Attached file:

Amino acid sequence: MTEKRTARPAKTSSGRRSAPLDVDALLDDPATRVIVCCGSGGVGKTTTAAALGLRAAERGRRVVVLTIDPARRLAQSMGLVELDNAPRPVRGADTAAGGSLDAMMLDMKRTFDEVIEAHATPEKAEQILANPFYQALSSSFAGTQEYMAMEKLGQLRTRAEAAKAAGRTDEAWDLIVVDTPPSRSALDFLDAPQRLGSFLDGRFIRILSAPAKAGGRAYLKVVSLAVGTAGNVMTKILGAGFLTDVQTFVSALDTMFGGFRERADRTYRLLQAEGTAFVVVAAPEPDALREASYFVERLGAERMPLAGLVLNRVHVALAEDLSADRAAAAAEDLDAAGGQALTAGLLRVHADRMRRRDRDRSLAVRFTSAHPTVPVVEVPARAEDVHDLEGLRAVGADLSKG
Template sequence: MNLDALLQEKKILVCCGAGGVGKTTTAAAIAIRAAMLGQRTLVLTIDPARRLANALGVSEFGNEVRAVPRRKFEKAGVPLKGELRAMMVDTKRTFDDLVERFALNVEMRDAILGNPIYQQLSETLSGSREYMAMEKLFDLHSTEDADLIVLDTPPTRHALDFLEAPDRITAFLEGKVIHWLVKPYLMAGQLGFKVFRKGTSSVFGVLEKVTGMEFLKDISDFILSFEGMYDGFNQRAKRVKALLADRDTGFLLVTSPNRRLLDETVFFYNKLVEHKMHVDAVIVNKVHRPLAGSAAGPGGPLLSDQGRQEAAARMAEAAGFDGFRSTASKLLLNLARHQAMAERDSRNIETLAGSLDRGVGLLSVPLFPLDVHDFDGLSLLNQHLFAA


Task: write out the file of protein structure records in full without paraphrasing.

Amino acid sequence: MTEKRTARPAKTSSGRRSAPLDVDALLDDPATRVIVCCGSGGVGKTTTAAALGLRAAERGRRVVVLTIDPARRLAQSMGLVELDNAPRPVRGADTAAGGSLDAMMLDMKRTFDEVIEAHATPEKAEQILANPFYQALSSSFAGTQEYMAMEKLGQLRTRAEAAKAAGRTDEAWDLIVVDTPPSRSALDFLDAPQRLGSFLDGRFIRILSAPAKAGGRAYLKVVSLAVGTAGNVMTKILGAGFLTDVQTFVSALDTMFGGFRERADRTYRLLQAEGTAFVVVAAPEPDALREASYFVERLGAERMPLAGLVLNRVHVALAEDLSADRAAAAAEDLDAAGGQALTAGLLRVHADRMRRRDRDRSLAVRFTSAHPTVPVVEVPARAEDVHDLEGLRAVGADLSKG
Template sequence: MNLDALLQEKKILVCCGAGGVGKTTTAAAIAIRAAMLGQRTLVLTIDPARRLANALGVSEFGNEVRAVPRRKFEKAGVPLKGELRAMMVDTKRTFDDLVERFALNVEMRDAILGNPIYQQLSETLSGSREYMAMEKLFDLHSTEDADLIVLDTPPTRHALDFLEAPDRITAFLEGKVIHWLVKPYLMAGQLGFKVFRKGTSSVFGVLEKVTGMEFLKDISDFILSFEGMYDGFNQRAKRVKALLADRDTGFLLVTSPNRRLLDETVFFYNKLVEHKMHVDAVIVNKVHRPLAGSAAGPGGPLLSDQGRQEAAARMAEAAGFDGFRSTASKLLLNLARHQAMAERDSRNIETLAGSLDRGVGLLSVPLFPLDVHDFDGLSLLNQHLFAA